June 09--DANVILLE -- Tim Welsh hopes the movie "The United States of Autism" provides insight and a definition to a neural disorder they may not have understood.
"The idea of the film is ... if somebody doesn't know about autism, we want them to see the movie, 'The United States of Autism,' and use it as their definition of autism," said Welsh, whose son Tanner suffers from autism. He added the movie goes beyond medical terms, instead offering "autism in pictures."
The movie, which opened in New York City on April 8, chronicles the 11,000-mile cross-country travels of director Richard Evert as he meets 20 families and individuals living with autism. The film was shown last month in Champaign-Urbana.
It will be shown at 7:30 p.m. June 18 at the AMC Village Mall 6 Theater, 2917 N. Vermilion St.
The documentary is hosted by Autism Friendly Business, LLC with 25 percent of proceeds going toward Vermilion Association for Special Education Foundation and AutismAid Autism Service Support Charity.
Welsh's family is one of the 20 families featured in the film. He said the bottom line of the film is showing how families make it day by day.
"The families in the movie didn't have a choice, they had to fight their way through and had to make it through," he said. "It's really an American dream story in this situation you're handed, how you are going to deal with it."
The movie was funded by a Pepsi Refresh grant awarded to Evert three years ago. Welsh assisted in getting the grant after a first attempt failed.
Tim, his wife, Cheri, and Tanner saw the movie for the first time in April in Champaign-Urbana. It was emotional both the husband and wife.
Cheri said she had to walk out during the segment about their family.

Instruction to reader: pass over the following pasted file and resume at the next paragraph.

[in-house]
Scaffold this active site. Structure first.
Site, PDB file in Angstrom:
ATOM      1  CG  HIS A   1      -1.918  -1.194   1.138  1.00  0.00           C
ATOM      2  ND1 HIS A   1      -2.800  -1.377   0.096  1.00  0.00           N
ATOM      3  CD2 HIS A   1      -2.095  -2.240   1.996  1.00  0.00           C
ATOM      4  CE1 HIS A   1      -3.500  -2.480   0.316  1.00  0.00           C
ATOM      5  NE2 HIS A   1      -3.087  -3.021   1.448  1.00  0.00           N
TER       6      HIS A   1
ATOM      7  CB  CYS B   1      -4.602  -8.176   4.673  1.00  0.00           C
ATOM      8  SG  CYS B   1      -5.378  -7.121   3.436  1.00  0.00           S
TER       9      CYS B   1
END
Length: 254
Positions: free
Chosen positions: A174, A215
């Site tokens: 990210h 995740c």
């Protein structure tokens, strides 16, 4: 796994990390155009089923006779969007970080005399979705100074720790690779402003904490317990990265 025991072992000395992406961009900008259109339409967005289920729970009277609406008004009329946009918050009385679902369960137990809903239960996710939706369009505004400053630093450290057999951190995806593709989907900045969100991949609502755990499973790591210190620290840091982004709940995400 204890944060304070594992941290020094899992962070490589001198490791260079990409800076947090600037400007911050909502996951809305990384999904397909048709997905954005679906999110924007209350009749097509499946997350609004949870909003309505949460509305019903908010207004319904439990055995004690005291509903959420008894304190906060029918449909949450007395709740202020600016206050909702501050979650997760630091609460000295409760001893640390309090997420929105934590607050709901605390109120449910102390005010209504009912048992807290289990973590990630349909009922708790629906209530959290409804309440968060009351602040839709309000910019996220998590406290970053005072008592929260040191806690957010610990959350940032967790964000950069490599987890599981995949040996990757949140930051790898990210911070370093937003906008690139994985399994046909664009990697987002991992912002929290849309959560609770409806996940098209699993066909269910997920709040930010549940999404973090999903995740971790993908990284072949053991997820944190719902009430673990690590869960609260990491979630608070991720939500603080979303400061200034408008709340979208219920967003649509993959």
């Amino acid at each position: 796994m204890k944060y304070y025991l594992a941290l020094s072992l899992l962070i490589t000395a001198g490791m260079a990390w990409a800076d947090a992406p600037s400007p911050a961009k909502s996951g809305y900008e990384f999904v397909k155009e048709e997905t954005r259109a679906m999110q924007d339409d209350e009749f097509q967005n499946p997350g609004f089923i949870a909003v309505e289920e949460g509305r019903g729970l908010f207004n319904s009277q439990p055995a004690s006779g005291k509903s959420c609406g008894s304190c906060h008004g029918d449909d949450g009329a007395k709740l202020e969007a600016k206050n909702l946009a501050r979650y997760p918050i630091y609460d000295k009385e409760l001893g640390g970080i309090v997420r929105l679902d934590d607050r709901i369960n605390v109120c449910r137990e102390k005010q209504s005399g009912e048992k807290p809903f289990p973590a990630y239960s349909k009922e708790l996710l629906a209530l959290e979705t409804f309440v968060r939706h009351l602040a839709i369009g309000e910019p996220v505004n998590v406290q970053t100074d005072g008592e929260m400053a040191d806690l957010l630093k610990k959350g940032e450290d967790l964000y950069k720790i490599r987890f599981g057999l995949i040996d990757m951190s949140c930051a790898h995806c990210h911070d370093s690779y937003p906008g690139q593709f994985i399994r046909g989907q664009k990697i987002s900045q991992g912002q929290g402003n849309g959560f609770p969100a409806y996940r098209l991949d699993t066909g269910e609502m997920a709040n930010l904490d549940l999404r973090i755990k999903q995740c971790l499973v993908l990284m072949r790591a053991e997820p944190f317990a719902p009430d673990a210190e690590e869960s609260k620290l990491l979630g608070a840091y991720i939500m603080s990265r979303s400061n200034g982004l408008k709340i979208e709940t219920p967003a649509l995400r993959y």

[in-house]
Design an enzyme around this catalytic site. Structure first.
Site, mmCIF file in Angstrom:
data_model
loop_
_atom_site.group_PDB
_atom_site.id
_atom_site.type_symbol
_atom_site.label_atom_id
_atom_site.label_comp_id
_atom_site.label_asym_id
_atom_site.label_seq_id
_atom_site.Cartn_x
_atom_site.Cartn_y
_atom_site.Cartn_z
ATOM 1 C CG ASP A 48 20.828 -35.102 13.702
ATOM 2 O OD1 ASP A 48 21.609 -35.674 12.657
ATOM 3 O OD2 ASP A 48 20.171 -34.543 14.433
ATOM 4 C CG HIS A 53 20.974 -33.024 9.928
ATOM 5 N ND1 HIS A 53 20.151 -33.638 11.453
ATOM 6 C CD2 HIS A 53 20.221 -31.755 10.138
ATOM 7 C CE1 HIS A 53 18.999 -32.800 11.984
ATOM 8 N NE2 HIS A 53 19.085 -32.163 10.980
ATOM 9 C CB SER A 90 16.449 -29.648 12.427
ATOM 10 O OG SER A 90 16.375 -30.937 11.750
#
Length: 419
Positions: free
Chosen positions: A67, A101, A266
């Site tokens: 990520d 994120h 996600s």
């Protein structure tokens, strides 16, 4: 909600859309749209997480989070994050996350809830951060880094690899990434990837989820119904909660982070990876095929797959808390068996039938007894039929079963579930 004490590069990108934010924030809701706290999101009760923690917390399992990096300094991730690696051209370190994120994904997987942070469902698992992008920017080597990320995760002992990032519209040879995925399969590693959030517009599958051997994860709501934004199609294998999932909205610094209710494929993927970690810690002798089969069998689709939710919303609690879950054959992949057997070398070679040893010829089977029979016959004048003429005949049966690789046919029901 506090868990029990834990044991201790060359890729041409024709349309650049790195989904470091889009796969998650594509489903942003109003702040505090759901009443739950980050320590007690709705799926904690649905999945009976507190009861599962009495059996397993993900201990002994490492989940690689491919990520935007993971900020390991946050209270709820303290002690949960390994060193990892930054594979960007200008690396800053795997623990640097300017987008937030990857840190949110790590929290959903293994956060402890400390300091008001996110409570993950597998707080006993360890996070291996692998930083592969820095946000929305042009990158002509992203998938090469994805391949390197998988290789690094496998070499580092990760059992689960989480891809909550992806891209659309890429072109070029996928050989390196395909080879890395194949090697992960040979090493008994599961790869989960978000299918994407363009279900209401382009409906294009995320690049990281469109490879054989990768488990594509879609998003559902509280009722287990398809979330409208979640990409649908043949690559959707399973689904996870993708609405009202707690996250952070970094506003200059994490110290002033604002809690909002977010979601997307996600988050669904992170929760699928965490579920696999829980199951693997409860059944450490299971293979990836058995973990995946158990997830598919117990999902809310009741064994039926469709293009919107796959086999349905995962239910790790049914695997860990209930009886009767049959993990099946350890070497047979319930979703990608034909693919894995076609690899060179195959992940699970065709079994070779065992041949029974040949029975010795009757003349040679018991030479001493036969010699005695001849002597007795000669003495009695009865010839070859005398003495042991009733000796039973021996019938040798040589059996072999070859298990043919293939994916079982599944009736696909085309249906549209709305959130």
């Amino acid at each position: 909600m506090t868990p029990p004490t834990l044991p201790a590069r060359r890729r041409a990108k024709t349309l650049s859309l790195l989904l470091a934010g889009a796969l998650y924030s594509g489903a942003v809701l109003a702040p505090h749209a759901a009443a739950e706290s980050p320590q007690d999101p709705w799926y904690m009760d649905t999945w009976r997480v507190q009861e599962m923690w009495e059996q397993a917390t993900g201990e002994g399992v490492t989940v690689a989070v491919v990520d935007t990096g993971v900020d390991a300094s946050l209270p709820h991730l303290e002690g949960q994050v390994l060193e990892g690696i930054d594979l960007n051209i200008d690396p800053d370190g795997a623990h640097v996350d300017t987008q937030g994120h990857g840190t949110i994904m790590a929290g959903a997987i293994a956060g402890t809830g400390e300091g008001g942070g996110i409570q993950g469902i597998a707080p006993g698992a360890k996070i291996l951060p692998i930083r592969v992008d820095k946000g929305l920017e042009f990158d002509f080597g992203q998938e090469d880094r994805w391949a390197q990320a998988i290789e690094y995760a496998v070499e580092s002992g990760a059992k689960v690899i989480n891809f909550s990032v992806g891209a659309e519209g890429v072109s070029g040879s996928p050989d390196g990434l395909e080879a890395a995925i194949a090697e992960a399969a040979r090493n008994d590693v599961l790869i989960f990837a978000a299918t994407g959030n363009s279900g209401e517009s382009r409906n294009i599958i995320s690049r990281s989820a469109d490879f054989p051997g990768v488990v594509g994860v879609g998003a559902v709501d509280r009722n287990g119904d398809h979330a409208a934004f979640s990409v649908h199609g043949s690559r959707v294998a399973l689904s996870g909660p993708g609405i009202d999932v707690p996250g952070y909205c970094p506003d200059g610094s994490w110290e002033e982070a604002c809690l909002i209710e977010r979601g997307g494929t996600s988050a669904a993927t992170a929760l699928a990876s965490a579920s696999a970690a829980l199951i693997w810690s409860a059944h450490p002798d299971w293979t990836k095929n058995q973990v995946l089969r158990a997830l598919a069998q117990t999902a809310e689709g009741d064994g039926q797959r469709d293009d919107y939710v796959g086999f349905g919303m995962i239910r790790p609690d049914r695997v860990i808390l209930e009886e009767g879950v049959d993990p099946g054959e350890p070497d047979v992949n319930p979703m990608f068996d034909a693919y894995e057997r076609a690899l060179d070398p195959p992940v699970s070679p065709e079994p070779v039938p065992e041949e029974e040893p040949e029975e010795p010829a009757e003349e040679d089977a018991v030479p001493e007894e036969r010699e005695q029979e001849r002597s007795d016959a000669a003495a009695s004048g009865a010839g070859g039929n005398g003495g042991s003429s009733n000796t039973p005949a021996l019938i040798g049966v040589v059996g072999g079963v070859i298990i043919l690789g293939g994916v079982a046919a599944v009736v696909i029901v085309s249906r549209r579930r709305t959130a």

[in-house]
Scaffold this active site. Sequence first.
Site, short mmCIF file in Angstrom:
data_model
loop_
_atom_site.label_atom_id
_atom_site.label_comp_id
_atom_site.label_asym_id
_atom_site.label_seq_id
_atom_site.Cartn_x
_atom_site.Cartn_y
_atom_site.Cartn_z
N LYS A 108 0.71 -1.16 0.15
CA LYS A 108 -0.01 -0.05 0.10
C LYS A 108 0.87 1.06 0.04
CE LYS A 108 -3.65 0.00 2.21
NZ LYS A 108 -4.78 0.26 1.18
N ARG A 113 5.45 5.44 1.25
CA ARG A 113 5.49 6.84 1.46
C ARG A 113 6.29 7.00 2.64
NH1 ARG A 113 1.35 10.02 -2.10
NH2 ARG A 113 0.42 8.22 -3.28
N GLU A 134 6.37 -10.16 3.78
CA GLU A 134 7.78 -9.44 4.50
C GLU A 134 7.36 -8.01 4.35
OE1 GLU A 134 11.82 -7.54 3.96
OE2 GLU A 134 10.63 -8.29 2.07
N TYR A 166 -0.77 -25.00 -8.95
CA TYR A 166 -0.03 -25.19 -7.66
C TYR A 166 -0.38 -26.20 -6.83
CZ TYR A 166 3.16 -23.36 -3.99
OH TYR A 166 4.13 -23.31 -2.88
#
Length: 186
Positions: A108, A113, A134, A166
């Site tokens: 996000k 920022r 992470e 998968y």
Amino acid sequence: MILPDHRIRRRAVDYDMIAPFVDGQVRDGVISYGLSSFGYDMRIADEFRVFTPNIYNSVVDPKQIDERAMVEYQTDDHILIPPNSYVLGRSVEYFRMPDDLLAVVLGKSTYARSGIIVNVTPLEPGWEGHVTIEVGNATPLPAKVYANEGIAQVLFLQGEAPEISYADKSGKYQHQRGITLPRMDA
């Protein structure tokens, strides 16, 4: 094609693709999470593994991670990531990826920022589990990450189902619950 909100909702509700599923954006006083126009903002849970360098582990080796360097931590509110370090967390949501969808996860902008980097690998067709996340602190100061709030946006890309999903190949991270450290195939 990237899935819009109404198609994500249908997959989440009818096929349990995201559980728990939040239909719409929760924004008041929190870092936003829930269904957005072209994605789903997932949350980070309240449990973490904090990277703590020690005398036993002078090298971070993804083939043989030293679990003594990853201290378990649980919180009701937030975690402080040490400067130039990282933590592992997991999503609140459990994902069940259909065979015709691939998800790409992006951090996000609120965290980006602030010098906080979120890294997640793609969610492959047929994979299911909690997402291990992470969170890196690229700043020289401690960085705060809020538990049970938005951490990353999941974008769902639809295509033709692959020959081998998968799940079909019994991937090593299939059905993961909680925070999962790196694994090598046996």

"You power through with what you have to do and a lot of times we forget who its all about," she said. "It's emotional when you're talking about your baby."
Some footage of a local farmer spraying his field had an effect on Tim, who said the young man was in his and Cheri's wedding.
"Just that one flash brings back a whole life that could have been," Tim said, "I saw him grow up, his family grow, get married, have kids and do the things that they do and our whole trajectory had changed."
Comments from relatives interviewed for the movie also struck his heart.
"I think that I could not help but be moved," he said.
Cheri added the movie was the first that Tanner sat through from beginning to end.
"The movie points out all different levels of autism," she said. "It really brings to light how it affects everyone. It doesn't matter religion, ethnicity, social or economic status."
Tim said a lot of different points are represented by the documentary.
"There's things you will learn about life in America, not just autism," he said, ranging from a military family to a black family to a Muslim family. "We try to see all different points on the spectrum."
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